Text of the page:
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Murdock

Best fuel to run thru boat motor?

Question

Murdock

I live in the Southern metro, looking for a near-by station that has non-oxyginated fuel available. Is this the right/best fuel to run thru your boat motor and if so, does anyone know where a guy can find a place that provides this type of fuel? ( I have a 35 horse Yamaha tiller on my boat.)

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Gissert

Fleet Farm has un-oxygenated fuel (Lakeville).

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Fish-n-Freak

That is the right fuel to use, and I know on the north metro I get mine at Super America, Amoco and a local little store. I think the Holiday stations have it also.

One other thing -- ALWAYS run your motor dry, if it is going to sit for more than a couple of days. Any of todays gas left in the motor will trash it in about 2-3 years. Then you get to pay $600 to get the injectors replaced and carbs cleaned.

Good luck with your search.

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Guest

OK...so just unplug the gas line at the tank or motor? and then let die before pulling it out of the water? I have never heard that before.

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EBass

I never heard that before either. But I just got a boat back in July so doesn't surprise me.

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can it be luck?

I also run my motor dry after each use. Unplug the line and let her run.

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Surface Tension

If you have a small engine that doesn't get used often or used seasonal it's best to use unoxygenated gas with a stabilizer.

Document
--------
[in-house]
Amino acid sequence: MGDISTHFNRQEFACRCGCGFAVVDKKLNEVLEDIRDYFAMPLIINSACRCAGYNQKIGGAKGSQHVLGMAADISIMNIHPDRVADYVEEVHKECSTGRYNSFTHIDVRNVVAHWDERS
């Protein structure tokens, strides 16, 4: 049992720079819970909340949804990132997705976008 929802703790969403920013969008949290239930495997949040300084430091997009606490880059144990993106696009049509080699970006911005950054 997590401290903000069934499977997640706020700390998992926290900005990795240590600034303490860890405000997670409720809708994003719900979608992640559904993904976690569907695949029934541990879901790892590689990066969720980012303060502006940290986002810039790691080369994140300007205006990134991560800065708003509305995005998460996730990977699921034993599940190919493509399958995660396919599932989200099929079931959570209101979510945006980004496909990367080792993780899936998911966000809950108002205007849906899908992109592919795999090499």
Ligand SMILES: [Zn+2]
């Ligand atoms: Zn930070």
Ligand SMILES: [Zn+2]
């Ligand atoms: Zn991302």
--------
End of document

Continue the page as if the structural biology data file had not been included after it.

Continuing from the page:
I've got mixed feelings on running the carb dry. If you mix your gas/oil and run your carb dry your also running the crank and cylinder walls dry. Moister and lack of lubricant in a stored engine is the main reason for bearing pitting and piston cylinder wall rust. A little rust on a crank bearing will get you about 2 hours of use till it's shot. On the other hand a dirty carb will make and engine run lean which can damage rings, piston, walls and bearings. For short periods of storage I'd say go with a stabilizer. For extended storage use a stabilizer and fog the engine. To fog properly you do so with the engine running, you'll find the instructions on the spray can. After I'm done with the fogging I like to remove the plugs and spray down the cylinders.
Now if you like the bowls dry, drain them manually.

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Gissert

I have had good luck running Seafoam in my small motors that are used infrequently, say once every two or three weeks. It stabilizes fuel, and prevents gumming.

Any longer terms storage that that, I fog the engine.

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Murdock

Thanks for all the info guys.I visited a station that is on the Unoxyginated gas listing. I maybe blind, but am I to look for a specific pump or should I be looking at the octane level? I think I need to look for the higher octane gas, but not certain.Can someone please reply with direction as to what to look for at the pump? Thanks tons guys. By the way, I have found using Seafoam as a stablizer seems to do a better job then many other stablizer products.

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Gissert

Unoxygenated fuel will usually be the highest octane. If a station has it, it will be a single pump, and will be labled as unoxygenated fuel for use in small engines and older vehicles.

Look closely, as there may be other pumps there of equal octane rating that are oxygenated fuel.

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can it be luck?

Mercury Quicksilver gas additive is what I use on any fill up, expensive but worth it to me.

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Fish-n-Freak

I'm not a motor tech, just forwarding what I was told by techs at Nelson and Hallberg Marine. I have a 1999 Honda 90hp Tiller and ran it fine for about 2 1/2 years with Seafoam and other additives, but never ran her dry after each use. I had my boat in the shop most of this spring trying to clear up a problem with the mid-range RPM's and then once the mid-range got cleared up, I had NO top end.

I got the carbs cleaned and injectors replaced and was told to make sure and run the gas out, after each use, if the motor would sit for more than just a couple days before the next use.